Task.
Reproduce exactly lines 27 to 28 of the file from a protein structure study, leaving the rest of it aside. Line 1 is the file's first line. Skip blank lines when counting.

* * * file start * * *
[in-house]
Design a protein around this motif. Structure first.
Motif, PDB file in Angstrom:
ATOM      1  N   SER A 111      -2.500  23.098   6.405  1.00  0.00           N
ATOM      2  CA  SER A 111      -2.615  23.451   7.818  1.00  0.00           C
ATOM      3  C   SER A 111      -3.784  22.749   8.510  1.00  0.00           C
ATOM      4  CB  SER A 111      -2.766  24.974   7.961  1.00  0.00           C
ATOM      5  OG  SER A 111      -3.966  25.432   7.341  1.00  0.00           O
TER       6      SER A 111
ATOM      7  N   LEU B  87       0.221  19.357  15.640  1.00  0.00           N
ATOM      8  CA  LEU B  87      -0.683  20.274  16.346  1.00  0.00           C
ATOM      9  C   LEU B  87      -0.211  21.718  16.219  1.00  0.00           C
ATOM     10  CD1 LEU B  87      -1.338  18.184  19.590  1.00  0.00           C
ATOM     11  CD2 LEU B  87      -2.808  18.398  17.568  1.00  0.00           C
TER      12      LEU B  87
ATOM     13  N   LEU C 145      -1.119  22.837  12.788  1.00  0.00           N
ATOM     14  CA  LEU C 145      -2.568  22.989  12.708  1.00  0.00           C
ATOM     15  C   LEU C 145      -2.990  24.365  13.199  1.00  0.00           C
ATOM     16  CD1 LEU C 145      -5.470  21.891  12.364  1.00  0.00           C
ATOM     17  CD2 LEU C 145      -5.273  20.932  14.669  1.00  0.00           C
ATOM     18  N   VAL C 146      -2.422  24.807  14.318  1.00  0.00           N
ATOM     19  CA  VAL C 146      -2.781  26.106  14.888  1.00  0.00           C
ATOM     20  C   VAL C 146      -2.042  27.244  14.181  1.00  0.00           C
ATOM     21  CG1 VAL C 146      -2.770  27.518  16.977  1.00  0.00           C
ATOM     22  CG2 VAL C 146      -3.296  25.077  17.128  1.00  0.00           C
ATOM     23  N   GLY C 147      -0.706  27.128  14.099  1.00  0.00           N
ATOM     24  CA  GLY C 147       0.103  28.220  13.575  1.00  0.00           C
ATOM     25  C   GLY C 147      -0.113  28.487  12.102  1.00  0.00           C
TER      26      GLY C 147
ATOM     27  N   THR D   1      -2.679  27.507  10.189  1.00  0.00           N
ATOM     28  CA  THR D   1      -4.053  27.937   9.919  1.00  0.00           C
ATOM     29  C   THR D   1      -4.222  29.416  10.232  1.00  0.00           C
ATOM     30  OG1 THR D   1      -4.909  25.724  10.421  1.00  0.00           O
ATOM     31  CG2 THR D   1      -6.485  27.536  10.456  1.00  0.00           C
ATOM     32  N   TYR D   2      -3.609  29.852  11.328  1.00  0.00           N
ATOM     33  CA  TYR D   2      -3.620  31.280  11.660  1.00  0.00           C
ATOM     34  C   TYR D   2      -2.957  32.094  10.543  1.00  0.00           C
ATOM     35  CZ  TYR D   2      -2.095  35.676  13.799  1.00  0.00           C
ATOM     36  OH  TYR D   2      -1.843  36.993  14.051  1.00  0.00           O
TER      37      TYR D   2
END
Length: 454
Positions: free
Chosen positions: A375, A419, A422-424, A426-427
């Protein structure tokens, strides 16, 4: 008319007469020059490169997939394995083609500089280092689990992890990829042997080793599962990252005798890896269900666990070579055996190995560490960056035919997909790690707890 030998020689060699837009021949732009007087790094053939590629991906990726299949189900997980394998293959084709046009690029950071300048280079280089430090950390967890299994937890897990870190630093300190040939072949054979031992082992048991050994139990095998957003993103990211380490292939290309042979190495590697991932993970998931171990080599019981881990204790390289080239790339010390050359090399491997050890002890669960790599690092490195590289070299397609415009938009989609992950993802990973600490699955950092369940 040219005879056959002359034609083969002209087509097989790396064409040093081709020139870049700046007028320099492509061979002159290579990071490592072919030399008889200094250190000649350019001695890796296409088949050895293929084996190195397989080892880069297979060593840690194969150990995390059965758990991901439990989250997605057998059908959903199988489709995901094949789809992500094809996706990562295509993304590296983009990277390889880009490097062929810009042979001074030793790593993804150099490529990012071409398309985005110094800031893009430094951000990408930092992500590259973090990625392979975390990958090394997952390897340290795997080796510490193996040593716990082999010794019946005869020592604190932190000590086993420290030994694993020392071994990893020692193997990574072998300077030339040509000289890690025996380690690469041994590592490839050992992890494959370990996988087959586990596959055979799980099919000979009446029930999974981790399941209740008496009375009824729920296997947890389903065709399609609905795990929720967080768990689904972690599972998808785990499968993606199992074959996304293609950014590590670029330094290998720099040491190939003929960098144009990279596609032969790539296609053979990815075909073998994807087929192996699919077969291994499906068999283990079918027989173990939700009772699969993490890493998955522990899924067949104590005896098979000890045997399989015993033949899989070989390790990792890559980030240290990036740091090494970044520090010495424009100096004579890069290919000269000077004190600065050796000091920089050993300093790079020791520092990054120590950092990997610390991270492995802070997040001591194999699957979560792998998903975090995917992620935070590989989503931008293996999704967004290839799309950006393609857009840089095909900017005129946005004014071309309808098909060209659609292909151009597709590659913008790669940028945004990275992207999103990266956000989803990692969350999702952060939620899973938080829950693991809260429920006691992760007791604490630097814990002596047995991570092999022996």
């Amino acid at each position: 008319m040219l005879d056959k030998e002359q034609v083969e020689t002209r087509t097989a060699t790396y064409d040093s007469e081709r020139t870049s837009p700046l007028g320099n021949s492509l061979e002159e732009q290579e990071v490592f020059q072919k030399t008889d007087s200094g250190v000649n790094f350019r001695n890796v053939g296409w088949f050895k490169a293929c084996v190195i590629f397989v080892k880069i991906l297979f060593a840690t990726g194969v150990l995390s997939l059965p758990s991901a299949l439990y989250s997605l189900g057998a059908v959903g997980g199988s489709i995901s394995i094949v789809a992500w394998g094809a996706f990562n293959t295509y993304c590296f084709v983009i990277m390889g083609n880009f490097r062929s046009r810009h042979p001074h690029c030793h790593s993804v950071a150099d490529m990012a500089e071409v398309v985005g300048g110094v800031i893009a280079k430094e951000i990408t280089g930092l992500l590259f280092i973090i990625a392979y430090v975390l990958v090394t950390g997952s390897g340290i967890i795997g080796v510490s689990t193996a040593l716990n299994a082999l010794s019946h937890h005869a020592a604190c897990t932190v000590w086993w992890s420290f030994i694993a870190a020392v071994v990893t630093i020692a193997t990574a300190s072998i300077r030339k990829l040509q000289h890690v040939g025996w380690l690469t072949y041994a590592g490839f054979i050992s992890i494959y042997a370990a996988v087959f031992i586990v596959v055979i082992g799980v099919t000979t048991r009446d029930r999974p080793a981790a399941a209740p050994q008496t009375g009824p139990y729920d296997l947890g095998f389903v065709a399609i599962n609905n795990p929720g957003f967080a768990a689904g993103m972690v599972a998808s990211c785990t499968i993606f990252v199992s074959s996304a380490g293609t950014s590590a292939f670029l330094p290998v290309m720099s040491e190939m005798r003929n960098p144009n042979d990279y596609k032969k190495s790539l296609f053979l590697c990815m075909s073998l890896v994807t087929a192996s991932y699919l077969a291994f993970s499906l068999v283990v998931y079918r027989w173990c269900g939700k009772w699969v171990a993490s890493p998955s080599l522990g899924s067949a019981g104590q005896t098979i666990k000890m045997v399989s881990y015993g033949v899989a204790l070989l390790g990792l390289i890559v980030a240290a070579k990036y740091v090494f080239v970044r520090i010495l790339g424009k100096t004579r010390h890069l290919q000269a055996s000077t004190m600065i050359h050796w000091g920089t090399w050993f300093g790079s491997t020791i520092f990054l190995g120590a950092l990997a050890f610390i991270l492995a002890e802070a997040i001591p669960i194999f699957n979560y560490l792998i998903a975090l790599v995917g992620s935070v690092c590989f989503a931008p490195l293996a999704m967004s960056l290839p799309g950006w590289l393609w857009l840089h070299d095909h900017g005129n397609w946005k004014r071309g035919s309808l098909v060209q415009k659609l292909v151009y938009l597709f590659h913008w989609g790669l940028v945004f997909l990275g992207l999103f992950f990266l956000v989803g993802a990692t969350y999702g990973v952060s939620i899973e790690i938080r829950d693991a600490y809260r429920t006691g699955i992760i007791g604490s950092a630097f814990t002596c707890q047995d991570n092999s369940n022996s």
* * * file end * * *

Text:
ATOM     24  CA  GLY C 147       0.103  28.220  13.575  1.00  0.00           C
ATOM     25  C   GLY C 147      -0.113  28.487  12.102  1.00  0.00           C